Mass Grave Memorials Project Update, May 2016

the southern Soviet-era mass grave memorial marker

Repairs have been completed on the concrete base of the southern Soviet-era mass grave memorial marker. Photo © 2016 Jay Osborn.

We have new information and have begun new activity on the Mass Grave Memorials Rehabilitation Project. As we have outlined on the project page, the memorials in Rohatyn are in good condition; to date we have only needed to do some small concrete repairs to the the Soviet-era monument at the southern grave area.

at the southern mass grave memorial

At the southern mass grave memorial: Alex Denysenko, Marla Raucher Osborn, and Mikhailo Vorobets. Photo © 2016 Jay Osborn.

However, the actual boundaries of the two known grave areas have never been precisely defined, and there is considerable uncertainty and disagreement in descriptions from Rohatyn Shoah survivors, local living witnesses, and secondary reports from the Yizkor book and other available sources. It is well known that the north and south memorial monuments were placed near but not at the actual grave sites; other factors including accessibility and visibility influenced the choice of monument locations.

the site of the pre-war brickworks adjacent to the southern mass grave memorials

Marla and program supporter Tom Traber look over the recently-cleaned site of the pre-war brickworks adjacent to the southern mass grave memorials. Photos © 2016 Jay Osborn.

To aid visitors to the sites as well as the local landowners and businesses, we have decided to try to measure and define the actual grave boundaries at both locations. As we have described before, local farmers and workers respect the grave areas and refrain from using the land for any purpose, but the uncertainty about the precise grave areas leaves open questions. Our long-term goal is to create some kind of modest boundary marker at each location, so that local workers can be confident in working around the sites. In the short term, we hope to define through unambiguous geographic data precisely where those boundaries lie, and to place temporary markers until a permanent perimeter can be created.

residue from a former brickworks

At the northern mass grave area, residue from a former brickworks, including a brick embossed with the town name. Photos © 2016 Jay Osborn.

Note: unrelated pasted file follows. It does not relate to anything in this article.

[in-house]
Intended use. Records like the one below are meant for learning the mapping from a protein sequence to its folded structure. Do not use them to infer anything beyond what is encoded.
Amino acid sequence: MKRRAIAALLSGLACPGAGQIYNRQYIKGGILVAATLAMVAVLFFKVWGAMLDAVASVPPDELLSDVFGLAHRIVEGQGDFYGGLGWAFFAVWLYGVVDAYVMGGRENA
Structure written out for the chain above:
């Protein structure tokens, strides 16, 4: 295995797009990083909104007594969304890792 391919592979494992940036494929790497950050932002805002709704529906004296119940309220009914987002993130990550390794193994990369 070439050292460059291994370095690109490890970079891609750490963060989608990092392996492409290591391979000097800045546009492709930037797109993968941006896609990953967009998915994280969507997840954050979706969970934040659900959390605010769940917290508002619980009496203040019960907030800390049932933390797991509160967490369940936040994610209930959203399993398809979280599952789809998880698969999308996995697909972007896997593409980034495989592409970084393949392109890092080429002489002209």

Holocaust Archaeologies

Holocaust Archaeologies, by Caroline Sturdy Colls

At last year’s Rothschild-sponsored conference in Vilnius on Jewish cemeteries in Europe, I was fortunate to share a panel on technologies for cemetery research with Dr. Caroline Sturdy Colls, a British professor of archaeology who has scientifically investigated several Holocaust sites in Europe, including Treblinka. The methods used by Dr. Sturdy Colls and others include non-invasive research: surface measurements can be used to study the soil below the surface, to respect Jewish traditions and avoid turning the soil over graves. Similar methods were used by a Polish-Israeli team at Sobibór. The scope of our project is much smaller than either of those, but the issues and current uncertainty are similar. Marla and I spoke with Dr. Sturdy Colls about Rohatyn while we were at the conference last year, and we are now preparing a request for proposal to send to her for initial planning and quotation; I am also reading her 2015 text Holocaust Archaeologies to aid our preparation. If we are able to go forward with this work, we will raise funds for it separate from the ongoing Jewish headstone recovery project. And as always, we will ensure that any work in the mass grave areas, as in the pre-war cemeteries, will be under the guidance of Rabbi Kolesnik of Ivano-Frankivsk.

the greenhouse frame

The greenhouse frame believed to be installed over the grave of Jews from around the Rohatyn district who perished in 1943. Photo © 2016 Jay Osborn.

While in Rohatyn this morning, we discussed our hopes and developing plans with the mayor and the city administration. As Marla described in her report, the city welcomed this news, as they are already working on concepts to develop the northern mass grave site as a memorial area, and wanted to include the actual grave boundaries; we are fortunate that the building materials site is owned by the city.

City workers describing the history of the site,

City workers describing the history of the site, and past experience with the mass grave area. Photo © 2016 Jay Osborn.

While visiting the northern site before our meeting at city hall, we spoke with workers in the industrial yard there. They confirmed preliminary analysis by Yisrael Schnytzer (a descendant of Jewish survivors of WWII in Rohatyn) on the 1944 Luftwaffe aerial photograph acquired from US archives by Alex Feller, which suggested that the actual grave site is several tens of meters to the northwest of the memorial monuments. The workers told us that a greenhouse frame had been installed at that location a couple of decades ago, and when the frame was anchored in the ground, digging for that uncovered human bones. The greenhouse plan was abandoned, but the frame is still in place. The city plans to remove the greenhouse frame before further development of the site as a memorial.

We agreed with the city to share our plans and schedule for the non-invasive research work at both north and south sites, and both we and the city expressed a wish to cooperate on this and future projects. We will report here also, as those plans develop.

a panorama of the northern mass grave site

A panorama of the northern mass grave site, from the perspective of the memorial markers; the greenhouse frame is at center. Photo © 2016 Jay Osborn.